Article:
‘The Rival Tailors’ by Strathmore was the first short story to be published in the ‘Dundee, Perth, Forfar, and Fife People’s Journal’. The story was a response to a competition asking for the best “Tale of Scottish Life.” Strathmore’s effort was a joint winner alongside Clutha’s ‘The Triple Doom’, which both won a copy of ‘Shakespeare’s Works’.
‘The Rival Tailors’ ended up being a controversial prize winner, as correspondence to the papers shows that it evoked the wroth of Tayside’s tailors. (see below).
“The villainy you teach me I will execute, and it shall go hard but I will better the instruction.”—Shakspeare [sic].
“It’s a very provokin’ business, guidman,” said Mrs Wilkie one morning at breakfast to her spouse, the farmer of Birrelton, “that we canna get that tailor body to come and mak’ your coat. The claith’s been lyin’ ready for him this sax months ; but I’ll no wait anither day for the leein’ sorrow if I can get another tailor in the country to mak’ it.”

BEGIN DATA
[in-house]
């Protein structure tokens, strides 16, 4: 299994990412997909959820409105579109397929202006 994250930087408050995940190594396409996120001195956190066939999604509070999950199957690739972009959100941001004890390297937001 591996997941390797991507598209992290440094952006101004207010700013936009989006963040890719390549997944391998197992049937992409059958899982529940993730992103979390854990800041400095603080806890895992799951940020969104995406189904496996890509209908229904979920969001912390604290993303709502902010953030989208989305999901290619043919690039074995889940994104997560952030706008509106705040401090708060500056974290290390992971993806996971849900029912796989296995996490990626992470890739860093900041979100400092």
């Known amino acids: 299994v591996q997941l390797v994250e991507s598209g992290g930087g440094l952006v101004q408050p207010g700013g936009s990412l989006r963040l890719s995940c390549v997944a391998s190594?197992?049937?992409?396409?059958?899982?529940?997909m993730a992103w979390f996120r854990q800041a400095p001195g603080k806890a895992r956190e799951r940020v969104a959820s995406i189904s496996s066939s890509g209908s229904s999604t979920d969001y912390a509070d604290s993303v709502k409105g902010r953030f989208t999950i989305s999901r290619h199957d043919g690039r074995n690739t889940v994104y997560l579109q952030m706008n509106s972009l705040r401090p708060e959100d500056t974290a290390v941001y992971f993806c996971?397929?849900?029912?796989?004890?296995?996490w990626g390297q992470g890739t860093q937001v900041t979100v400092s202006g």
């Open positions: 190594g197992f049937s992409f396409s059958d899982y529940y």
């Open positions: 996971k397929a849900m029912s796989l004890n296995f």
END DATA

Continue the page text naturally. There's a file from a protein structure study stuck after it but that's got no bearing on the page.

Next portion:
“Indeed, Janet,” said Mr Wilkie, “it is certainly very provokin’, for the buyin’ o’ the claith gies less thocht and trounble than the makin’ o’t. however, I think ye may gie ‘im ae chance mair, and if he disappoint us again, ye may try Davie Cruikshanks o’ the Muir, and see whether he’ll be mair punctual.”
To this the guidwife agreed, tho’ with some reluctance ; and the recusant tailor, Stitchem o’ Balskeerie, was forthwith given to understand that, if he did not appear at Birrelton “by Friday first, somebody else would be got, wha would be mair thankfu’ for her cheenge.” Continue reading “‘The Rival Tailors’ by Strathmore (6 March, 1858)”